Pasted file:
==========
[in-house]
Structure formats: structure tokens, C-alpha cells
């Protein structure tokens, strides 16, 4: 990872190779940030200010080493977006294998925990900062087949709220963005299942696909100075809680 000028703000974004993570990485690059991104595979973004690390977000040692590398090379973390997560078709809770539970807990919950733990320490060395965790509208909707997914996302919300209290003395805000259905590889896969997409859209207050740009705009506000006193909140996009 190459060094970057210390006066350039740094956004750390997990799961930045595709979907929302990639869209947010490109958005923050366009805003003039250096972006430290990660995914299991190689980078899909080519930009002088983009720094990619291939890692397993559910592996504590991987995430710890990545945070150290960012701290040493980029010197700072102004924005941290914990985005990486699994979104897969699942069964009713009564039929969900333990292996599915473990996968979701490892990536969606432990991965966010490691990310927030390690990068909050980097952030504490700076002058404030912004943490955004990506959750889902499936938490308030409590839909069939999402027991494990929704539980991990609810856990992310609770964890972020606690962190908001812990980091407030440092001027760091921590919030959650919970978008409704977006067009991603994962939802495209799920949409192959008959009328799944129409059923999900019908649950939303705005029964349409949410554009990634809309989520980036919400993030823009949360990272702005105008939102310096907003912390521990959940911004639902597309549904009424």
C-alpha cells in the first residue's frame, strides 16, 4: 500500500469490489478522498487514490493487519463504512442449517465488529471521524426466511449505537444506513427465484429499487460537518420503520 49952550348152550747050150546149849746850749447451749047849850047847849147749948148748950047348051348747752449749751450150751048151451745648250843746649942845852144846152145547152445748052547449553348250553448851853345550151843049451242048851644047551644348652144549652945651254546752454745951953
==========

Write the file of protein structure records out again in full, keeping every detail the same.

[in-house]
Structure formats: structure tokens, C-alpha cells
């Protein structure tokens, strides 16, 4: 990872190779940030200010080493977006294998925990900062087949709220963005299942696909100075809680 000028703000974004993570990485690059991104595979973004690390977000040692590398090379973390997560078709809770539970807990919950733990320490060395965790509208909707997914996302919300209290003395805000259905590889896969997409859209207050740009705009506000006193909140996009 190459060094970057210390006066350039740094956004750390997990799961930045595709979907929302990639869209947010490109958005923050366009805003003039250096972006430290990660995914299991190689980078899909080519930009002088983009720094990619291939890692397993559910592996504590991987995430710890990545945070150290960012701290040493980029010197700072102004924005941290914990985005990486699994979104897969699942069964009713009564039929969900333990292996599915473990996968979701490892990536969606432990991965966010490691990310927030390690990068909050980097952030504490700076002058404030912004943490955004990506959750889902499936938490308030409590839909069939999402027991494990929704539980991990609810856990992310609770964890972020606690962190908001812990980091407030440092001027760091921590919030959650919970978008409704977006067009991603994962939802495209799920949409192959008959009328799944129409059923999900019908649950939303705005029964349409949410554009990634809309989520980036919400993030823009949360990272702005105008939102310096907003912390521990959940911004639902597309549904009424």
C-alpha cells in the first residue's frame, strides 16, 4: 500500500469490489478522498487514490493487519463504512442449517465488529471521524426466511449505537444506513427465484429499487460537518420503520 49952550348152550747050150546149849746850749447451749047849850047847849147749948148748950047348051348747752449749751450150751048151451745648250843746649942845852144846152145547152445748052547449553348250553448851853345550151843049451242048851644047551644348652144549652945651254546752454745951953